And now, in the USA, in the country I’ve lived in my whole life, in the country who worships freedom:

  • One black man died one week later from injuries sustained during a half-hour ride in a police van.
  • One black man died after being strangled to death on a sidewalk in NYC.
  • One 12 year old black boy was shot while holding a BB gun, only seconds after the officer saw him.
  • One 7 year old black girl was shot while sleeping during a botched raid.

This is not a complete list. (More names can be found on this website.)

The families of these victims still wait for justice (though some trials are still pending).

As an American with white privilege, I have a choice. I can ignore the pain, suffering, and fear of black Americans. I can assume that these deaths were justified, that the police never kill black men, women, or children “unnecessarily” or “without due cause”. I can assume that black Americans are exaggerating their fear of the police, that it’s without cause. I can choose to believe that everyone in the US is treated equally, despite the evidence I discussed a few months ago.

But as an Armenian, I cannot. I cannot ignore their suffering, because I know what the lack of justice does to a community.

So, to black Americans, I say loud and clear: your lives matter. YOUR LIVES MATTER. Full stop. And I will keep saying that until there is justice. And I will open my eyes to your suffering until true peace exists in our country.

And to the Turkish government, and to governments which allow Turkey to continue denying the genocide by refusing to acknowledge it for fear of alienating a strategic ally—I’m looking at you, American government, and you, President Obama—we will not stay silent. We will not forget. We will not call it a “massacre” or a “civil war”. We will not pretend our ancestors deserved to be butchered.

Because without justice, there is no peace.

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We Can Do Better.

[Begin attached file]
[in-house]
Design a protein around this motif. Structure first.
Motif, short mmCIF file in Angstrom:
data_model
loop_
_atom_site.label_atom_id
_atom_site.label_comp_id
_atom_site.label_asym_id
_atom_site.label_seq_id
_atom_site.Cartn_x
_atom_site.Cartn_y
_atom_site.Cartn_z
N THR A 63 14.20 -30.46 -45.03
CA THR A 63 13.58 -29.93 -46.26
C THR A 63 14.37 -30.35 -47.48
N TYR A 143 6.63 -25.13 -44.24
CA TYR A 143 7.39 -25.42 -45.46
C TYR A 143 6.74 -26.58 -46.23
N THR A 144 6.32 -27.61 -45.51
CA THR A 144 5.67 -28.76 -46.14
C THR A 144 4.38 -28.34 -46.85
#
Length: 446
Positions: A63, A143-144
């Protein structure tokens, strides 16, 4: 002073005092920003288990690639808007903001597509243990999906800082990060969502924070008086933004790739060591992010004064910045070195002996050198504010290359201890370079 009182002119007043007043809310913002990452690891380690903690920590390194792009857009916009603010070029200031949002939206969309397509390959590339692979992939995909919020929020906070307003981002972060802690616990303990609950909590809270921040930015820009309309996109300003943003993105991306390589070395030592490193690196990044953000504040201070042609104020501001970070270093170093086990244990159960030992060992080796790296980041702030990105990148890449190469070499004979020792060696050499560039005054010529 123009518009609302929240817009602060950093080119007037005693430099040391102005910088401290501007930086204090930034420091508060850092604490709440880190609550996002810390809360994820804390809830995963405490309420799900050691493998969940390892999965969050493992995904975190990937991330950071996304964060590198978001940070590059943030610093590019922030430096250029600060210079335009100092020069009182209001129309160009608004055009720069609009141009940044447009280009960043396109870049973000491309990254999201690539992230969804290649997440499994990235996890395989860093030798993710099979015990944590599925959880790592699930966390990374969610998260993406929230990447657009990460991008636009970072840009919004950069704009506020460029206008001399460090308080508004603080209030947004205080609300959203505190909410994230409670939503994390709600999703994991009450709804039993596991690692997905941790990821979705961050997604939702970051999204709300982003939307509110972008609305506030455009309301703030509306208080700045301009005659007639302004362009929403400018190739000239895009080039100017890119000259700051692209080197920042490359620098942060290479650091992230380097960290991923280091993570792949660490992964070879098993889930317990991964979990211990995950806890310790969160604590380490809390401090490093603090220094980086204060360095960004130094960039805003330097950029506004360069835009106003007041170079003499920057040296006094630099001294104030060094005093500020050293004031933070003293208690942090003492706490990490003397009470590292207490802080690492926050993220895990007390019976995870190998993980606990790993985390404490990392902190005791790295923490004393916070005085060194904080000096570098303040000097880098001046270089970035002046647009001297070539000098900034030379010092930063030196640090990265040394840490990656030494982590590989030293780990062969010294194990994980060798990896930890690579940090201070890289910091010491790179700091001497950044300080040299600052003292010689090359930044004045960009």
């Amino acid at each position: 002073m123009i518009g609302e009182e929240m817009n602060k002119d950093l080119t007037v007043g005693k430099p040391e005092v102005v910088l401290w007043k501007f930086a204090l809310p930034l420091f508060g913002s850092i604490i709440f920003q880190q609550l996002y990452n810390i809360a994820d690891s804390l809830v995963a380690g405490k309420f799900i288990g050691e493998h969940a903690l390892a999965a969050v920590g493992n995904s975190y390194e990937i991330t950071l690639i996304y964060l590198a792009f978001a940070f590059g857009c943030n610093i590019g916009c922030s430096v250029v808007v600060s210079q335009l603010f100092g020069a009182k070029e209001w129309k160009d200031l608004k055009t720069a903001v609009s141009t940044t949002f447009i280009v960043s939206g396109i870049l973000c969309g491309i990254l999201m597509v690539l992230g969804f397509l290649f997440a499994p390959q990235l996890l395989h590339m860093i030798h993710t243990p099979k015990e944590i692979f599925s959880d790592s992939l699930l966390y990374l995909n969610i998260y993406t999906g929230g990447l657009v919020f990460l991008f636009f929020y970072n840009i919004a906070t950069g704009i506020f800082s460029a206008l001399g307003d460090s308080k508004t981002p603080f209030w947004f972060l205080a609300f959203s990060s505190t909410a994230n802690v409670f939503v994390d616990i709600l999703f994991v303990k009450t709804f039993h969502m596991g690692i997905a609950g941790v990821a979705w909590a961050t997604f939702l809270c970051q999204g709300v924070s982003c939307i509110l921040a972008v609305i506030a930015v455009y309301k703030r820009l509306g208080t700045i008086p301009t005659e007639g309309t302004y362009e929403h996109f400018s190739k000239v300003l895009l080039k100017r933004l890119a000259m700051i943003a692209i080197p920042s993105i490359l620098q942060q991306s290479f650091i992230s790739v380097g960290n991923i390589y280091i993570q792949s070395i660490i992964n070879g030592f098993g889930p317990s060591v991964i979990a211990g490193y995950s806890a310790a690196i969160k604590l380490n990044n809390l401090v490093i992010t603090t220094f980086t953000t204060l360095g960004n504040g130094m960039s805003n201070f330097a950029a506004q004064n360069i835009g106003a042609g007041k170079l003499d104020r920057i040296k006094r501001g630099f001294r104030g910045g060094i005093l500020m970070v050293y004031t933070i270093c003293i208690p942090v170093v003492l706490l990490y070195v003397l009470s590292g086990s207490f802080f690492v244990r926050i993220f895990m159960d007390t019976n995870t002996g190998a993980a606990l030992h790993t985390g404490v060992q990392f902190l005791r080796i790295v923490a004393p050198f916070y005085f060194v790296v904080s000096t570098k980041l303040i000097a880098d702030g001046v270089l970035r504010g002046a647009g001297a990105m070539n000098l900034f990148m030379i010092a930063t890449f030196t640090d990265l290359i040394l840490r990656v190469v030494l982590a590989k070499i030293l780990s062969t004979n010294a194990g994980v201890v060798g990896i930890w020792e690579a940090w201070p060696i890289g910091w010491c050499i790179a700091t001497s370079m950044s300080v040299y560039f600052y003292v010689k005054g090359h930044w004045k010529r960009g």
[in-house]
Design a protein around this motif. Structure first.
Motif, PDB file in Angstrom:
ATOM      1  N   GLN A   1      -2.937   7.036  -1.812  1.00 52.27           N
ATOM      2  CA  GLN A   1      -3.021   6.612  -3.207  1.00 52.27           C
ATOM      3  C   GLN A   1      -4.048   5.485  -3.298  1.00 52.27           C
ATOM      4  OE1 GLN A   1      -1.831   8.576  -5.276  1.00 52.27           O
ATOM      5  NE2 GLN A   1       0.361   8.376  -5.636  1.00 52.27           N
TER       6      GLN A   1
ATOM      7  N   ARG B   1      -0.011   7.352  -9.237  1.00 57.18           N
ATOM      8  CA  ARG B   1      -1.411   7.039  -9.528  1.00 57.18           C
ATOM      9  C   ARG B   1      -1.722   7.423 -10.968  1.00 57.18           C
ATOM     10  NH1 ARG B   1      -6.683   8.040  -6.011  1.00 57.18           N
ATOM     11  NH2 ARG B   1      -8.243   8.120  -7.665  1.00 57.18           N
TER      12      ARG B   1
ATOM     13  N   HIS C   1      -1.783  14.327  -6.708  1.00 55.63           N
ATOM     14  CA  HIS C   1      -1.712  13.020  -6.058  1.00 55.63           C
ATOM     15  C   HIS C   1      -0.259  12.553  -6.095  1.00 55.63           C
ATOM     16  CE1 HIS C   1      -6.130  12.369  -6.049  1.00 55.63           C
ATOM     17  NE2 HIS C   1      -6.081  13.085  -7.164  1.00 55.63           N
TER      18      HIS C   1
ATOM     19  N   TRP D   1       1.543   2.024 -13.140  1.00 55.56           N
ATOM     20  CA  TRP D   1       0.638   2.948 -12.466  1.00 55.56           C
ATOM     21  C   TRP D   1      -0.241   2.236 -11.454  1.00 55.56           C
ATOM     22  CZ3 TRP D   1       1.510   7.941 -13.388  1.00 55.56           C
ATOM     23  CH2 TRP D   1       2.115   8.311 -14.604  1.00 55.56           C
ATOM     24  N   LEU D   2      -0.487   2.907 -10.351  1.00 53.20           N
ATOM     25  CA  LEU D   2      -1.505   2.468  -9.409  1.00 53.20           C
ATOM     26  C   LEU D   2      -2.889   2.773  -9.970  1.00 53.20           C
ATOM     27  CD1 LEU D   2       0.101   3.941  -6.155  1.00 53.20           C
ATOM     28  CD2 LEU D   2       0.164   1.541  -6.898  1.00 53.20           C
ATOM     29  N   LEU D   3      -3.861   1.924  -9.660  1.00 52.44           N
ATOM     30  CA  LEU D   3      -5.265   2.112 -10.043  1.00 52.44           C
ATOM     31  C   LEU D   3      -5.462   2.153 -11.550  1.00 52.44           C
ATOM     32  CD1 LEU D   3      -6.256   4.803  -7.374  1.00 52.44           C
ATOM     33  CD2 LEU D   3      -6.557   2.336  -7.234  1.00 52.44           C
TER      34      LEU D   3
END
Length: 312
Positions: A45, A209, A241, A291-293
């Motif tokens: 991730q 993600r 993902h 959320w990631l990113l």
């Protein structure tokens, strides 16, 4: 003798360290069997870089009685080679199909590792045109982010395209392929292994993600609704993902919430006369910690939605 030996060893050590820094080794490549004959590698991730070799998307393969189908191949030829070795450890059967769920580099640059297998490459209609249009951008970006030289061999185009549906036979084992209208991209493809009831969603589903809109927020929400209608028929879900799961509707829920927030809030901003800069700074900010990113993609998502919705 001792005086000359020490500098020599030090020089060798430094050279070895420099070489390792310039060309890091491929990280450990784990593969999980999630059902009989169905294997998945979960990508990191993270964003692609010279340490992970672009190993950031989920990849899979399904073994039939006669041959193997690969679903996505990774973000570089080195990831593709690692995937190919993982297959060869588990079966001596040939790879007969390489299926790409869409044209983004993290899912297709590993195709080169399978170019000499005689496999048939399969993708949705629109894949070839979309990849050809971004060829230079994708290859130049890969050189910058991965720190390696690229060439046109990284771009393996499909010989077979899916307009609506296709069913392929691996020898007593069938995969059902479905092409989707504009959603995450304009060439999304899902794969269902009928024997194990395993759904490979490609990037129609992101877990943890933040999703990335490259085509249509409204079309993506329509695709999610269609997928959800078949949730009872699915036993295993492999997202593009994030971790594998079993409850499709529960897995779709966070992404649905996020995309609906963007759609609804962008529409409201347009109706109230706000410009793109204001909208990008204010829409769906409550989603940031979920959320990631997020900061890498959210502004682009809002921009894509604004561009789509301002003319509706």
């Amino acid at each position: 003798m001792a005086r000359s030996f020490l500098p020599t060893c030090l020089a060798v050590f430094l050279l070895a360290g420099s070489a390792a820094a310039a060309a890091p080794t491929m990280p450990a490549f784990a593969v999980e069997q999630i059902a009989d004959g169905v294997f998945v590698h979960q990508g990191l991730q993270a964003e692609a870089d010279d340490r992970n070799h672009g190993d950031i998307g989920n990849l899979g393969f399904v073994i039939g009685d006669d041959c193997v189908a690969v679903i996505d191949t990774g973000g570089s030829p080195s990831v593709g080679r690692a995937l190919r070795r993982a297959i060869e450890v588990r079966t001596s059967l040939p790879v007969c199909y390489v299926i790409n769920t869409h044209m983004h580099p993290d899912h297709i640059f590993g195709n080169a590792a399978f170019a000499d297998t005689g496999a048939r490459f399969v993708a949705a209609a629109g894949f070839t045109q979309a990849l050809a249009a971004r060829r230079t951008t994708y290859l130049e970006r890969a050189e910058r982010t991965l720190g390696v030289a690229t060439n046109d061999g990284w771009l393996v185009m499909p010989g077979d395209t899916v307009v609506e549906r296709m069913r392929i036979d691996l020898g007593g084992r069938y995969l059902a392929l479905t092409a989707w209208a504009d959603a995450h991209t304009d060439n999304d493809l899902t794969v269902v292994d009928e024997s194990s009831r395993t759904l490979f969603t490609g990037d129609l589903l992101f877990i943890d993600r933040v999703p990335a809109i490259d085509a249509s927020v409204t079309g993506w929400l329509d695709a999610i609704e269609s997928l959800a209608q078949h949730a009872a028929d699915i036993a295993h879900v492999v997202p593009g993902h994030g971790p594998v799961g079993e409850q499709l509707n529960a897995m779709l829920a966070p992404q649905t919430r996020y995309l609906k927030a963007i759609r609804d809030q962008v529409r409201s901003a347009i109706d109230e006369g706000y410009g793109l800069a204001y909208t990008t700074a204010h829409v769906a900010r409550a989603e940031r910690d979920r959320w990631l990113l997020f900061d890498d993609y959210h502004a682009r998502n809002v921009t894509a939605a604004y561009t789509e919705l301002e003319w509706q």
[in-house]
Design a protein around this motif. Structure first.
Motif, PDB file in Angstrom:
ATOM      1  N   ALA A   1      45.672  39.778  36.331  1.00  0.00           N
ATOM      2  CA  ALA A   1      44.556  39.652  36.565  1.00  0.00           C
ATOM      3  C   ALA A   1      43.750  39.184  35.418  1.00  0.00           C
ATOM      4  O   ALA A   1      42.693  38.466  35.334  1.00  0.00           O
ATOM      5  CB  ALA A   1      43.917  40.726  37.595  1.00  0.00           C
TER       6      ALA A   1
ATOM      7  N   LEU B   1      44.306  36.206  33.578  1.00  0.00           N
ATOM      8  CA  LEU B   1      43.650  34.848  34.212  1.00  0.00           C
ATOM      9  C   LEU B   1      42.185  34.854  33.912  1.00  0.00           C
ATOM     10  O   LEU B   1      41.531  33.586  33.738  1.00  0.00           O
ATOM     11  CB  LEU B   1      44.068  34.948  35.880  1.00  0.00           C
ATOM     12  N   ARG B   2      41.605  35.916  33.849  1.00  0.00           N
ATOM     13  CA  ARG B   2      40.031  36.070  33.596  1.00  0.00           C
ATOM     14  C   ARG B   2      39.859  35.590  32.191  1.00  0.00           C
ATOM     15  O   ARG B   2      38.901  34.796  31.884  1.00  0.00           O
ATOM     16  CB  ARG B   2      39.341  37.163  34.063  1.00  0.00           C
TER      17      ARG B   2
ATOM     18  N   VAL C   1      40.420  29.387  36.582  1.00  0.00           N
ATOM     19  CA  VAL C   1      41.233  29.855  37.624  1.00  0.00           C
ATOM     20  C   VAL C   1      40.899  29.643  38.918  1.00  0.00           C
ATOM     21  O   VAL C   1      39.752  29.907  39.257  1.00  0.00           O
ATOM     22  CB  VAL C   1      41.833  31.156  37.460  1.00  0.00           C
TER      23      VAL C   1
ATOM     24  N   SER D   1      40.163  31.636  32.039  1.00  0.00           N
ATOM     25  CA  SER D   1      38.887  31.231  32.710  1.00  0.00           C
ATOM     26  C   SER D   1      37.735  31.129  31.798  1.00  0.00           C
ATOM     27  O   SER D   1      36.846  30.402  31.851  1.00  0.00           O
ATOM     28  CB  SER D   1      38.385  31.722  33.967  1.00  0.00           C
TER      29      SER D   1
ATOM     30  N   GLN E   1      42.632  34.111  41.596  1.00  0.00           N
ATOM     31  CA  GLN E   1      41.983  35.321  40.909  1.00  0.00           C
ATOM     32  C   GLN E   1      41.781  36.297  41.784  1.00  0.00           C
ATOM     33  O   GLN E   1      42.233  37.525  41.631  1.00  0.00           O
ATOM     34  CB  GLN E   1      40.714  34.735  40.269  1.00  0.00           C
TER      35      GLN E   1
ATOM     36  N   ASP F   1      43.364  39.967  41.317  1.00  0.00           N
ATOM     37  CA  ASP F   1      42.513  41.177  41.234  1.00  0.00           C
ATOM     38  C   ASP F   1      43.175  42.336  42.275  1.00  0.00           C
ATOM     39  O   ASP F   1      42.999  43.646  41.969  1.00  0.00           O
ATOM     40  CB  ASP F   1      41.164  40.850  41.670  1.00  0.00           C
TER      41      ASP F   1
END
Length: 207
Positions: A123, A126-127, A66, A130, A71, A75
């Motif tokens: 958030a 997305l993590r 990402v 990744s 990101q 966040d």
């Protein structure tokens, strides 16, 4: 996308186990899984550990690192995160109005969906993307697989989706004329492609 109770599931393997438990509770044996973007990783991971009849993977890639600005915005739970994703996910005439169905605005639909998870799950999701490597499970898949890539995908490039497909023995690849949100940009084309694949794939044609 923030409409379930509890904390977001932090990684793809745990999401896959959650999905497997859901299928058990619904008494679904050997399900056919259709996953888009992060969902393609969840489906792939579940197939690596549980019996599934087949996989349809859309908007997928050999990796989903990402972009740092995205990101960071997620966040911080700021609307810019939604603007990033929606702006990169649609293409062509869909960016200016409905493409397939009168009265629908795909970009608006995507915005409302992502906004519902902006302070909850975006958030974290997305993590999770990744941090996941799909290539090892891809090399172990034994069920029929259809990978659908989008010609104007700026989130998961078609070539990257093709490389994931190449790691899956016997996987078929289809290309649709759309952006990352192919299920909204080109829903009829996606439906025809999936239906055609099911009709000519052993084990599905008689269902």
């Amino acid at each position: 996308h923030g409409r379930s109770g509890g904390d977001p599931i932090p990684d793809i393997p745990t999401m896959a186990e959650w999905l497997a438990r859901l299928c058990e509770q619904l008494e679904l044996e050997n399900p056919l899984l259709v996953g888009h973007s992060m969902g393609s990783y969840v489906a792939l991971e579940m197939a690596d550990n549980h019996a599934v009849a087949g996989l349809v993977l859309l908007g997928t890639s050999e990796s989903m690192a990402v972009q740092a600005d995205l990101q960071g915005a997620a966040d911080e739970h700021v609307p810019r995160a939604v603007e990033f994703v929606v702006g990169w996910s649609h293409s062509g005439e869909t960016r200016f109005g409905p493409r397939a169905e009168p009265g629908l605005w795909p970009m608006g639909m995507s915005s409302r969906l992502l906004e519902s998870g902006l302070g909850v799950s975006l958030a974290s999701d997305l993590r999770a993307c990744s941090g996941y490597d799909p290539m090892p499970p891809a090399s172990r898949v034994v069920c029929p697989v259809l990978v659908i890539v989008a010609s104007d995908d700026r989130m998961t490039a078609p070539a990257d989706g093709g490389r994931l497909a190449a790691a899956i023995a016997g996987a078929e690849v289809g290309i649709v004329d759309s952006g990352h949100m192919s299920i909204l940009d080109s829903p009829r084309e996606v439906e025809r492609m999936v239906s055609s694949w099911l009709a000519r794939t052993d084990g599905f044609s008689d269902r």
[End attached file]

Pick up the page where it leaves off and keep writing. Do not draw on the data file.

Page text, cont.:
Let’s take this as a given, that the color of someone’s skin does not determine the content of their character. In other words, that the premise of racism is inherently false, and people cannot be accurately judged by their race.

Now consider the following facts:

These facts point to systemic racism in American institutions. If you deny that racism is still a problem in America, I challenge you to offer another explanation for these statistics.

In the aftermath of the recent Michael Brown shooting, I want to share the following thoughts. First, the protests happening now are not only about the death of Michael Brown. They’re about the statistics listed above, that people are tired of losing family members to violence simply because they happen to have the wrong skin color. Second, the comment that “Well, at least things are better now than they used to be.” White Americans, surely we can do better than slavery, segregation, Jim Crow? Surely we can do better than that!

So let’s do better. Let’s call out racism when we see it, in our personal interactions with people and in institutions. Let’s stop standing by and watching when African Americans get shafted. Let’s LISTEN when black people try to talk to us about their experiences with race in America and not express disbelief that maybe they don’t really know what their own experiences are.

Let’s educate ourselves. Let’s live with our eyes open, no matter how uncomfortable it makes us. Because our discomfort is not comparable to the suffering our willful ignorance allows to occur.

So… let’s talk. Let’s listen to each other. Let’s be brave in our interactions, but not cruel. Most of all, let’s be willing to learn.

Let’s do better. Let’s be better.